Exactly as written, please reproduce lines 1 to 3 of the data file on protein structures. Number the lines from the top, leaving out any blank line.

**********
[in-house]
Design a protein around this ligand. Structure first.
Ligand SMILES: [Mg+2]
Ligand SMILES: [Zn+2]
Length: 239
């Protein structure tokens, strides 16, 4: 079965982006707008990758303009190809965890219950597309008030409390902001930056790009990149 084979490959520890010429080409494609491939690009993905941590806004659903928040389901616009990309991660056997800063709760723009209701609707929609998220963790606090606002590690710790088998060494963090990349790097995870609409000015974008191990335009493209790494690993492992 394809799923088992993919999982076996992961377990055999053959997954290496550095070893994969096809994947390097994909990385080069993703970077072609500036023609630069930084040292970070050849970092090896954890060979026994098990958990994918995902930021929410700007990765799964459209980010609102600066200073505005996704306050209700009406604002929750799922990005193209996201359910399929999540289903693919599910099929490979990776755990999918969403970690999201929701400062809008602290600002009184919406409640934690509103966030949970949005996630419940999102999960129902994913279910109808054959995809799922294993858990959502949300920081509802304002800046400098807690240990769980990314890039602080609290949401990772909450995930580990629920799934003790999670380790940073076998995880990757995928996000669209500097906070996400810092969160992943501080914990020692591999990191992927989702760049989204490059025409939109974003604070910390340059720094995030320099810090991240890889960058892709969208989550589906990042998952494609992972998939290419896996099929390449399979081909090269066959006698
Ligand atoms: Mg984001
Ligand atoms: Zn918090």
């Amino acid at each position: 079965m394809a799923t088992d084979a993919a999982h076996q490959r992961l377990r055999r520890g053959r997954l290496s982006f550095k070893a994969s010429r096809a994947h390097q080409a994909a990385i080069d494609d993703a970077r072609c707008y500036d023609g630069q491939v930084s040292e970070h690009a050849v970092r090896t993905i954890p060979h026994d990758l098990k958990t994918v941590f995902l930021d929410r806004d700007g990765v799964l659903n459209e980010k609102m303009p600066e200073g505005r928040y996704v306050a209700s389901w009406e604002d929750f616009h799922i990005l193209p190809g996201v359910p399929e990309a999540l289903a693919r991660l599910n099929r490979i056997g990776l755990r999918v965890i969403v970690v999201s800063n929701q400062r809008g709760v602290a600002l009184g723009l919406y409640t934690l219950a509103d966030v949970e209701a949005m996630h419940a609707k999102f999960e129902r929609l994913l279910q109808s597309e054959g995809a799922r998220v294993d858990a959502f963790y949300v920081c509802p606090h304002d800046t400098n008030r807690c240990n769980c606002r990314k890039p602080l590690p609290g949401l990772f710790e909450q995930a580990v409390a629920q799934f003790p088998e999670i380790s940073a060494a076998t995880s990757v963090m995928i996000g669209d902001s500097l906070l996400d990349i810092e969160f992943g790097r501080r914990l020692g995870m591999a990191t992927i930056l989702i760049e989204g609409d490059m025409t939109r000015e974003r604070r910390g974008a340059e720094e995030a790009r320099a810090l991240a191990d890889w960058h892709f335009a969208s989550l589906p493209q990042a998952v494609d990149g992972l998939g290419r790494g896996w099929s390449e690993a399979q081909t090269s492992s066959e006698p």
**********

[in-house]
Design a protein around this ligand. Structure first.
Ligand SMILES: [Mg+2]